They found that those who were given graphic photographic evidence along with the transcript gave guilty verdicts at almost twice the rate of those who saw no photographic evidence at all. Furthermore, the photographic evidence elicited a much higher emotional response from the mock-jurors compared to those who just read the trial transcript. Interestingly, all the groups felt they had acted fairly in considering the evidence and providing their verdicts, highlighting they may not have been aware themselves of any bias affecting their judgments.
The emotional response of juries in such murder trials and how their emotions affect their judgement and therefore their decision-making when delivering their verdict, is a topic of concern among many researchers. While we would like to think that all members of a jury are able to be completely impartial and unbiased the reality is that jury members are human beings and bias in different forms can creep in even when they are not consciously aware. Expanding the understanding of these processes and the kinds of bias that can exist within criminal cases is a positive step forward if we are to improve the fairness of trials by jury in the future.
Seeing Red: Disgust Reactions To Gruesome Photographs in Color (but not in Black and White) Increase Convictions
Psychology, Public Policy, and Law
Salerno, Jessica M.
Jurors are often exposed to emotionally disturbing gruesome photographs of victims of extreme violence. Judges must determine whether the informational value of these photographs outweighs their prejudicial effect on jurors and are left to their assumptions about juror psychology to do so. The current research draws upon the affect infusion model (AIM; Forgas, 1995) to investigate the affective mechanism through which gruesome photographs might operate. A mock jury experiment presented online adults (n = 193) with murder trial evidence that included verbal descriptions of the victim’s injuries and neutral photographs in all conditions. Participants were randomly assigned to view (a) only the nongruesome photographs or additional gruesome photographs of the victim in (b) color, or (c) black and white (B&W). Color gruesome (vs. nongruesome) photographs increased convictions via the disgust they elicited. Consistent with the AIM, this was especially so for mock jurors with relatively higher awareness of their bodily sensations. The effects of gruesome photographs in color on disgust and verdicts were eliminated, however, when the same photographs were presented in B&W. A second experiment (n = 354) replicated these results and also revealed that viewing color gruesome photographs significantly reduced mock jurors’ sensitivity to a manipulation of defense evidence strength—especially among jurors with relatively higher bodily awareness. Thus, gruesome photographs can increase convictions via direct and indirect affect infusion. Presenting gruesome photographs in B&W might reduce jurors’ emotional reactions while maintaining their probative information.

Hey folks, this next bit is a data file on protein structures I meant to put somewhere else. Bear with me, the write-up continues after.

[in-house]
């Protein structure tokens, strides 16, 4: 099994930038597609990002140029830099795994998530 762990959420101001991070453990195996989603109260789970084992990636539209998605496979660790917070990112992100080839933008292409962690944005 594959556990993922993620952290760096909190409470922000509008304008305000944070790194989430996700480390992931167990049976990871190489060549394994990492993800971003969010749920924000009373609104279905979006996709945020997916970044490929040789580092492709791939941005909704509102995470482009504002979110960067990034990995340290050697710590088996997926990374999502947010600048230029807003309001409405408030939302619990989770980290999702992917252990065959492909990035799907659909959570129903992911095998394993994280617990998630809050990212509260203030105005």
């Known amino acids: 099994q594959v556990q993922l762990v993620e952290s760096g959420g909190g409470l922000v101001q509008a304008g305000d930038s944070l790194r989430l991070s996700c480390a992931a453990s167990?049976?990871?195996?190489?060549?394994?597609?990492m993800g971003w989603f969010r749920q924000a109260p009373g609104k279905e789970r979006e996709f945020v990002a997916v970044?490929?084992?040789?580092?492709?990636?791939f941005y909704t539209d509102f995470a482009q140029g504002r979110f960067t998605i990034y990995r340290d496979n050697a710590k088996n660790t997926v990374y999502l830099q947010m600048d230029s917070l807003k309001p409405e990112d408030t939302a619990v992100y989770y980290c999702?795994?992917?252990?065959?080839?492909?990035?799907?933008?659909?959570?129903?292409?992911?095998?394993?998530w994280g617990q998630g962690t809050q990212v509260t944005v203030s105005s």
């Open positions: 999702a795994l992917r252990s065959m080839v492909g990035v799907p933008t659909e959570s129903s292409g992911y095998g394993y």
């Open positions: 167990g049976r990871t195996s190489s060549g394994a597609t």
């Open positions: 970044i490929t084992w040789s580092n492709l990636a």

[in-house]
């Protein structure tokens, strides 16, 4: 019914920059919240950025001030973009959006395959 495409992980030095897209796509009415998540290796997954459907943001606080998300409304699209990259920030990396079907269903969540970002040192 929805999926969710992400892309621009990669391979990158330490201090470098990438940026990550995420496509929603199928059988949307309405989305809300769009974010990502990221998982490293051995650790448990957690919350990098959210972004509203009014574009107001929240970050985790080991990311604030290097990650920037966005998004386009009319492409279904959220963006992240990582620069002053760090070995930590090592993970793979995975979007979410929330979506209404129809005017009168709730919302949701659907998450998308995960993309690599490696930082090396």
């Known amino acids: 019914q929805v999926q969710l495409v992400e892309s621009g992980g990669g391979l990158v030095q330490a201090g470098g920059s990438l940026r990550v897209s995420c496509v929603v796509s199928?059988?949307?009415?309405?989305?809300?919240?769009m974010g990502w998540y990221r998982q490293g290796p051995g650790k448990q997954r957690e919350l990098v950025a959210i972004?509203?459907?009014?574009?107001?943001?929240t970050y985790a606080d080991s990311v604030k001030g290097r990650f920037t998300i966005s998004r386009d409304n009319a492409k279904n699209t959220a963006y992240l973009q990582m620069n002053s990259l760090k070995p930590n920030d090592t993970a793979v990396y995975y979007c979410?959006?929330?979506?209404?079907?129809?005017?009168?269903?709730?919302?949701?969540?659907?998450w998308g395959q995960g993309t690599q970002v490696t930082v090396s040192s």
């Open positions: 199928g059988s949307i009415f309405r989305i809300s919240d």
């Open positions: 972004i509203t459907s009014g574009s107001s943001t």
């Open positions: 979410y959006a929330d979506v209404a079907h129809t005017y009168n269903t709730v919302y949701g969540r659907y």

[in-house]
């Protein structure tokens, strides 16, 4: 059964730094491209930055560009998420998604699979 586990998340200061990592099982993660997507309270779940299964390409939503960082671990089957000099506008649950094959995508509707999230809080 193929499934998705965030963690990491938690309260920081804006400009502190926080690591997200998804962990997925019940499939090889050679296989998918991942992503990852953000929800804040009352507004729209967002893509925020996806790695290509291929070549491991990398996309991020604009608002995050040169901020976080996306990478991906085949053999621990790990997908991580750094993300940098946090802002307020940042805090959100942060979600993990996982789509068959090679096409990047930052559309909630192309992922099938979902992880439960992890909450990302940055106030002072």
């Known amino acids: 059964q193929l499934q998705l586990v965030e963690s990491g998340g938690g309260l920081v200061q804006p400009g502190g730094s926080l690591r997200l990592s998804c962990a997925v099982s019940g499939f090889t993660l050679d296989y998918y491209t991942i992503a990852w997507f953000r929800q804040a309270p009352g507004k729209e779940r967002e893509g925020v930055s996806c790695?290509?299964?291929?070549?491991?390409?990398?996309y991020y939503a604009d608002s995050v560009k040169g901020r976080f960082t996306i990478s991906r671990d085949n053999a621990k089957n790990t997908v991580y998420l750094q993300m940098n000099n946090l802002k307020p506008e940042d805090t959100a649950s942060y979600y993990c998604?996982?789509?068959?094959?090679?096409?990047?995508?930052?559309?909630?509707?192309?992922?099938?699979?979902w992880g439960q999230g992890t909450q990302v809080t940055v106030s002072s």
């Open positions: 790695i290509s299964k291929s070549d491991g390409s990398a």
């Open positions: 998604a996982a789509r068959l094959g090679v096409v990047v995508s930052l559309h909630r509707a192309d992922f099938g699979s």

- Douglas, K., Lyon, D., & James R. P. Ogloff. (1997). The Impact of Graphic Photographic Evidence on Mock Jurors’ Decisions in a Murder Trial: Probative or Prejudicial? Law and Human Behavior, 21(5), 485-501. Retrieved from http://www.jstor.org/stable/1394329.
- Salerno, J.M. and Bottoms, B.L. (2010). Unintended Consequences of Toying with Jurors’ Emotions: The Impact of Disturbing Emotional Evidence on Jurors’ Verdicts. The Jury Expert, (2), pp16-34.